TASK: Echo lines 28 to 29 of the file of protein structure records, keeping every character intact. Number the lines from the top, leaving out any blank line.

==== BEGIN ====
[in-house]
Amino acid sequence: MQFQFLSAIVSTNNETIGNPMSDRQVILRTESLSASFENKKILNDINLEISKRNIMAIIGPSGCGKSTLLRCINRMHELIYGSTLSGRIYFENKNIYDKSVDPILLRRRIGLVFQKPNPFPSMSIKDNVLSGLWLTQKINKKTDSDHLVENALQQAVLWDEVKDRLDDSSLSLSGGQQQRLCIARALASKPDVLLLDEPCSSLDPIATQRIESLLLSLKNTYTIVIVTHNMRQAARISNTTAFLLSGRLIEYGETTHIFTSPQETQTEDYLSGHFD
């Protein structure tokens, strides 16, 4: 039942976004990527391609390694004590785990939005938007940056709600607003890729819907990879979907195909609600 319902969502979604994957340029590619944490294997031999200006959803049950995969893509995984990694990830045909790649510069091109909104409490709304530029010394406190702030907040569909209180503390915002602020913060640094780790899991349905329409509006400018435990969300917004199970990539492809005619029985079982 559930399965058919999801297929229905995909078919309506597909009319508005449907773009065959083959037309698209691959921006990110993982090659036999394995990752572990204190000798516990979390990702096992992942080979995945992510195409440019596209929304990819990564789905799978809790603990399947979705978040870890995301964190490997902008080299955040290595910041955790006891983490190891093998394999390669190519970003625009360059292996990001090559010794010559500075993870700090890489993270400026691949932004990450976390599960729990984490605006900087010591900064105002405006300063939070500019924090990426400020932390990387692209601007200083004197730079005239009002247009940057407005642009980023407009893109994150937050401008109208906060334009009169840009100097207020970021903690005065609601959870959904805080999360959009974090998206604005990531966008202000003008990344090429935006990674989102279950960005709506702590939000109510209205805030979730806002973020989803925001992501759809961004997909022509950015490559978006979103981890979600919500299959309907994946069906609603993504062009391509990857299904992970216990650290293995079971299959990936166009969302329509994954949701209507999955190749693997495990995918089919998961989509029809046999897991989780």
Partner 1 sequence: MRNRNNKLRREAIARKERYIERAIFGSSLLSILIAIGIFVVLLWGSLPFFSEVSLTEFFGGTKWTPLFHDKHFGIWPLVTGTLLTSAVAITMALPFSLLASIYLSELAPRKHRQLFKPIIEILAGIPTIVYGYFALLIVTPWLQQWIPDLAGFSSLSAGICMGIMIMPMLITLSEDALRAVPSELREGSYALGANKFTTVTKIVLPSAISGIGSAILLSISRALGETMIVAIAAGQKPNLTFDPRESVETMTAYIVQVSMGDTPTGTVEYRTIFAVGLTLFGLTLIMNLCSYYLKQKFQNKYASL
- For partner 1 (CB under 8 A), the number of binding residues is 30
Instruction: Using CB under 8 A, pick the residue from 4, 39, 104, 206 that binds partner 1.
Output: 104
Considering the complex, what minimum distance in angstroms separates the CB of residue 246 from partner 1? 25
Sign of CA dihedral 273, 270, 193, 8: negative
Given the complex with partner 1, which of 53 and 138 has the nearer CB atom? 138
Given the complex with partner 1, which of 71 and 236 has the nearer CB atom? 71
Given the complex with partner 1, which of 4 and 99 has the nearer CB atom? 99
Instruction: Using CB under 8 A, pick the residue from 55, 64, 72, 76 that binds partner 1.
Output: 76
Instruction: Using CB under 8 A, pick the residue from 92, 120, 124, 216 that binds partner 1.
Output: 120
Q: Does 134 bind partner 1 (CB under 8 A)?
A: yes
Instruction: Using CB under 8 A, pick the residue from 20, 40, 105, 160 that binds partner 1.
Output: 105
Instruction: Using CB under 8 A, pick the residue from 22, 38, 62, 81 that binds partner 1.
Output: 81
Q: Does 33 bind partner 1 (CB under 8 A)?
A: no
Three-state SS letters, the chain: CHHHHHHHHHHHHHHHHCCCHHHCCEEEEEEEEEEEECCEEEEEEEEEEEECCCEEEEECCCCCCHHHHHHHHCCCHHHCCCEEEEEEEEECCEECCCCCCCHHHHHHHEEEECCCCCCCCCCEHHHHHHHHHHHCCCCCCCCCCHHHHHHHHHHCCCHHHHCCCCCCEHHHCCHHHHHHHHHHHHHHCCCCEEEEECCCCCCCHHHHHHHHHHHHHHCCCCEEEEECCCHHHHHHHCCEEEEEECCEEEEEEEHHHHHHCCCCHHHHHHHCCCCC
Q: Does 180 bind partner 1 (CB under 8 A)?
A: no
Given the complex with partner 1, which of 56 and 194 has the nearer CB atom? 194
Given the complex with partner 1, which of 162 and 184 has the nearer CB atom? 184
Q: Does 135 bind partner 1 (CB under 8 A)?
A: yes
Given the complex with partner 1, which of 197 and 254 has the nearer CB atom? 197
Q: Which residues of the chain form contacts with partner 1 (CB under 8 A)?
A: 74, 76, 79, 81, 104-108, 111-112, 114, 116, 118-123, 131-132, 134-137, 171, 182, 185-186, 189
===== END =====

Given the complex with partner 1, which of 56 and 194 has the nearer CB atom? 194
Given the complex with partner 1, which of 162 and 184 has the nearer CB atom? 184